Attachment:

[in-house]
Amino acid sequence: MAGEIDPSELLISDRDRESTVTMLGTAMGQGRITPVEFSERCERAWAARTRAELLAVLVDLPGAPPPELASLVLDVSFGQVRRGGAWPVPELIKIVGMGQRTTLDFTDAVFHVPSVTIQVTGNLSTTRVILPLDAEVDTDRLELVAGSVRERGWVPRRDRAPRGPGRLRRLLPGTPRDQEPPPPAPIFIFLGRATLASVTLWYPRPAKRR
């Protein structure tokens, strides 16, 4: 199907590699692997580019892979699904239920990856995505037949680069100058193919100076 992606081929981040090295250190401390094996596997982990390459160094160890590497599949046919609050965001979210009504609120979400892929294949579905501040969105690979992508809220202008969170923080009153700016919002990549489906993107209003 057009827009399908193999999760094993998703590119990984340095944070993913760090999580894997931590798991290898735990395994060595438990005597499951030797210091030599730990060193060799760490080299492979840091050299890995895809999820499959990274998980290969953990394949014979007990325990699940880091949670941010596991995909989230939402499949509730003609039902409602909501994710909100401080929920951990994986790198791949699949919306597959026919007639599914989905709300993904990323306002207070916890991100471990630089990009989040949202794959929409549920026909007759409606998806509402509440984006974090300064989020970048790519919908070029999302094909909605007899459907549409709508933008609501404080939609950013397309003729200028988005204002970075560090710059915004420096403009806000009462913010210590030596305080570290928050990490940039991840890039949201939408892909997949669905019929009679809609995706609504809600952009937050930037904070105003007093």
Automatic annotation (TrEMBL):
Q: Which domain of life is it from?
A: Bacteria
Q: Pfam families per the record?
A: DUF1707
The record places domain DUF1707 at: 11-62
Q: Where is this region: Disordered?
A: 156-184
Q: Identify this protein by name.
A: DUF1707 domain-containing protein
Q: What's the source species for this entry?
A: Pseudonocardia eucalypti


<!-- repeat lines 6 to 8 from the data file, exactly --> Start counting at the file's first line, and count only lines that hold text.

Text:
A: Bacteria
Q: Pfam families per the record?
A: DUF1707